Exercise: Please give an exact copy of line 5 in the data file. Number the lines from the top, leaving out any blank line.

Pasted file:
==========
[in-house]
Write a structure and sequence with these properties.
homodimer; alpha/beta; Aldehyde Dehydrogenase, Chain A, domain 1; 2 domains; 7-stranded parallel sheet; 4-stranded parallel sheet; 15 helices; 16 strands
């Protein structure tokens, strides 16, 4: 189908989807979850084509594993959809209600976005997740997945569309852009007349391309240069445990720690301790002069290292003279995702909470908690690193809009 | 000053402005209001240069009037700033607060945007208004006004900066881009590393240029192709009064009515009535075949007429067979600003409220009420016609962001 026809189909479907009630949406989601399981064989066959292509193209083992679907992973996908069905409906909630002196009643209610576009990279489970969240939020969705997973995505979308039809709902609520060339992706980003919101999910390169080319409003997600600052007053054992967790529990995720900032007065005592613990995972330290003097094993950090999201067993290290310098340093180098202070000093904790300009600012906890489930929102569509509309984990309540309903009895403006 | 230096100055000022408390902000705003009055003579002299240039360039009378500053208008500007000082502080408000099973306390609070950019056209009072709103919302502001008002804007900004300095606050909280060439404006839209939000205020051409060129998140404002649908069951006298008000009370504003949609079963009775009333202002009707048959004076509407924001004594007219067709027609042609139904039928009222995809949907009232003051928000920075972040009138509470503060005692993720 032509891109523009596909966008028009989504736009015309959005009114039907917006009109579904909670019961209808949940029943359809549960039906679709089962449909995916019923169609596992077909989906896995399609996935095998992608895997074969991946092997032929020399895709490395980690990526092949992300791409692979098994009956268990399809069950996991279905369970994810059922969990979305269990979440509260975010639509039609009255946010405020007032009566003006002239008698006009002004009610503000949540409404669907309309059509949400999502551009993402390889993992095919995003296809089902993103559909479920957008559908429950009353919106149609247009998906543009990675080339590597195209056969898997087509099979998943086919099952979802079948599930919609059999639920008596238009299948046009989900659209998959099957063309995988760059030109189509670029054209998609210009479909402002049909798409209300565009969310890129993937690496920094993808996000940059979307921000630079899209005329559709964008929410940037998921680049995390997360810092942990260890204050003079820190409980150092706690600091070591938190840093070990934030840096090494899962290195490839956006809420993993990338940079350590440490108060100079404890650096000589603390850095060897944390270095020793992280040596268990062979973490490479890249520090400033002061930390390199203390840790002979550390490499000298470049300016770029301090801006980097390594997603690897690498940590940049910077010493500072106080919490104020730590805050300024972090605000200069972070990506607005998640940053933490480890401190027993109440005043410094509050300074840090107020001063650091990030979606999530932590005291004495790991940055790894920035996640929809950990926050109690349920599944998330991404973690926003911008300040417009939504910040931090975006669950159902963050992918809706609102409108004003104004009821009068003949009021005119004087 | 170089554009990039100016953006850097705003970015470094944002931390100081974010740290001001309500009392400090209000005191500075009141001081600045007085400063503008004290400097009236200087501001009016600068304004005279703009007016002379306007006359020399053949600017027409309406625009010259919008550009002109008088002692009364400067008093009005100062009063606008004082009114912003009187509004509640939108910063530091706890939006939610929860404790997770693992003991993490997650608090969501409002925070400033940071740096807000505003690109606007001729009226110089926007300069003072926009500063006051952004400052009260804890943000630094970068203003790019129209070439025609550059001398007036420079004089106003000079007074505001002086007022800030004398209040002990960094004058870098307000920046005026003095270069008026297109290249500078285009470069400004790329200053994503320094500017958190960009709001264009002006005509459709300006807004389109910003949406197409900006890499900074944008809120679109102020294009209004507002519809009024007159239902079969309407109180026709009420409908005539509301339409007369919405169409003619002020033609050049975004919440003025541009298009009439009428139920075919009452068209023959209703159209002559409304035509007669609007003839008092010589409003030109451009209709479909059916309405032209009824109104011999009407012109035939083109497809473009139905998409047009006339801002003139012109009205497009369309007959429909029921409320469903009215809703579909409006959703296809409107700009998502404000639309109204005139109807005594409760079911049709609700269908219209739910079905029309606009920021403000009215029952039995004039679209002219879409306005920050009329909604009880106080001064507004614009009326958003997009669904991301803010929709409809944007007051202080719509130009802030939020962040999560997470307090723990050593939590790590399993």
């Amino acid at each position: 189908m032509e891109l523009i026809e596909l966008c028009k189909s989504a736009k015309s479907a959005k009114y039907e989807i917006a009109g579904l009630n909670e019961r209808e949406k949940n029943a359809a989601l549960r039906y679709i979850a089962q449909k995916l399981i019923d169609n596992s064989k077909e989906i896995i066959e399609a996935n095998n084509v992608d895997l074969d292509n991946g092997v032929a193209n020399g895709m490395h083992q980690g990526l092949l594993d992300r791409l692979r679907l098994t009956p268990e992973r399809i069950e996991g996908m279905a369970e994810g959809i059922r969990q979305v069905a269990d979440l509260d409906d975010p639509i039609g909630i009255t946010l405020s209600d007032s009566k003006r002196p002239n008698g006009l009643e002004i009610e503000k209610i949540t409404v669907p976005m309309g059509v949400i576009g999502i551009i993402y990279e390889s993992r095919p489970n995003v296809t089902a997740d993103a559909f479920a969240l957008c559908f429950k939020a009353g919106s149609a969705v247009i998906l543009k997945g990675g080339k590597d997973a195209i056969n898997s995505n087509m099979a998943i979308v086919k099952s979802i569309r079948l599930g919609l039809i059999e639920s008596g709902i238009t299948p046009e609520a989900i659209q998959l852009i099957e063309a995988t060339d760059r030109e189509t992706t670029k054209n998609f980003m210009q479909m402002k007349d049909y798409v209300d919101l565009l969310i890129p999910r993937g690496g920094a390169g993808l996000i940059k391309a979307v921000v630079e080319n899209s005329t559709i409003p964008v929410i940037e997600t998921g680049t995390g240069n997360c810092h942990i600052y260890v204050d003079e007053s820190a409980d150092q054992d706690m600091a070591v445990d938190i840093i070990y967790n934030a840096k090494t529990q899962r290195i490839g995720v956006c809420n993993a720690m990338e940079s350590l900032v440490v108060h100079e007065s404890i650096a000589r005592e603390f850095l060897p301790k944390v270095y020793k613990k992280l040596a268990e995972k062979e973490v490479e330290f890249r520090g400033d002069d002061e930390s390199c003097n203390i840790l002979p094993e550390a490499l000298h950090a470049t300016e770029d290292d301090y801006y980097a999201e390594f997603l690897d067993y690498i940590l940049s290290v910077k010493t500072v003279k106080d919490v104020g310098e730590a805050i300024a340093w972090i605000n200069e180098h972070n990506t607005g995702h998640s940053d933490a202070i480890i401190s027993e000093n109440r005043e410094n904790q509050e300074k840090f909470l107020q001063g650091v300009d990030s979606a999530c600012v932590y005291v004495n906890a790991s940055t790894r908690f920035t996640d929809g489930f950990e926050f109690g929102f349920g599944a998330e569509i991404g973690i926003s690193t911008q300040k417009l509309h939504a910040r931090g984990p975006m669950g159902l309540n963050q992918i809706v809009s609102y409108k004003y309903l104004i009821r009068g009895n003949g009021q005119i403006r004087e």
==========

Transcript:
């Amino acid at each position: 189908m032509e891109l523009i026809e596909l966008c028009k189909s989504a736009k015309s479907a959005k009114y039907e989807i917006a009109g579904l009630n909670e019961r209808e949406k949940n029943a359809a989601l549960r039906y679709i979850a089962q449909k995916l399981i019923d169609n596992s064989k077909e989906i896995i066959e399609a996935n095998n084509v992608d895997l074969d292509n991946g092997v032929a193209n020399g895709m490395h083992q980690g990526l092949l594993d992300r791409l692979r679907l098994t009956p268990e992973r399809i069950e996991g996908m279905a369970e994810g959809i059922r969990q979305v069905a269990d979440l509260d409906d975010p639509i039609g909630i009255t946010l405020s209600d007032s009566k003006r002196p002239n008698g006009l009643e002004i009610e503000k209610i949540t409404v669907p976005m309309g059509v949400i576009g999502i551009i993402y990279e390889s993992r095919p489970n995003v296809t089902a997740d993103a559909f479920a969240l957008c559908f429950k939020a009353g919106s149609a969705v247009i998906l543009k997945g990675g080339k590597d997973a195209i056969n898997s995505n087509m099979a998943i979308v086919k099952s979802i569309r079948l599930g919609l039809i059999e639920s008596g709902i238009t299948p046009e609520a989900i659209q998959l852009i099957e063309a995988t060339d760059r030109e189509t992706t670029k054209n998609f980003m210009q479909m402002k007349d049909y798409v209300d919101l565009l969310i890129p999910r993937g690496g920094a390169g993808l996000i940059k391309a979307v921000v630079e080319n899209s005329t559709i409003p964008v929410i940037e997600t998921g680049t995390g240069n997360c810092h942990i600052y260890v204050d003079e007053s820190a409980d150092q054992d706690m600091a070591v445990d938190i840093i070990y967790n934030a840096k090494t529990q899962r290195i490839g995720v956006c809420n993993a720690m990338e940079s350590l900032v440490v108060h100079e007065s404890i650096a000589r005592e603390f850095l060897p301790k944390v270095y020793k613990k992280l040596a268990e995972k062979e973490v490479e330290f890249r520090g400033d002069d002061e930390s390199c003097n203390i840790l002979p094993e550390a490499l000298h950090a470049t300016e770029d290292d301090y801006y980097a999201e390594f997603l690897d067993y690498i940590l940049s290290v910077k010493t500072v003279k106080d919490v104020g310098e730590a805050i300024a340093w972090i605000n200069e180098h972070n990506t607005g995702h998640s940053d933490a202070i480890i401190s027993e000093n109440r005043e410094n904790q509050e300074k840090f909470l107020q001063g650091v300009d990030s979606a999530c600012v932590y005291v004495n906890a790991s940055t790894r908690f920035t996640d929809g489930f950990e926050f109690g929102f349920g599944a998330e569509i991404g973690i926003s690193t911008q300040k417009l509309h939504a910040r931090g984990p975006m669950g159902l309540n963050q992918i809706v809009s609102y409108k004003y309903l104004i009821r009068g009895n003949g009021q005119i403006r004087e």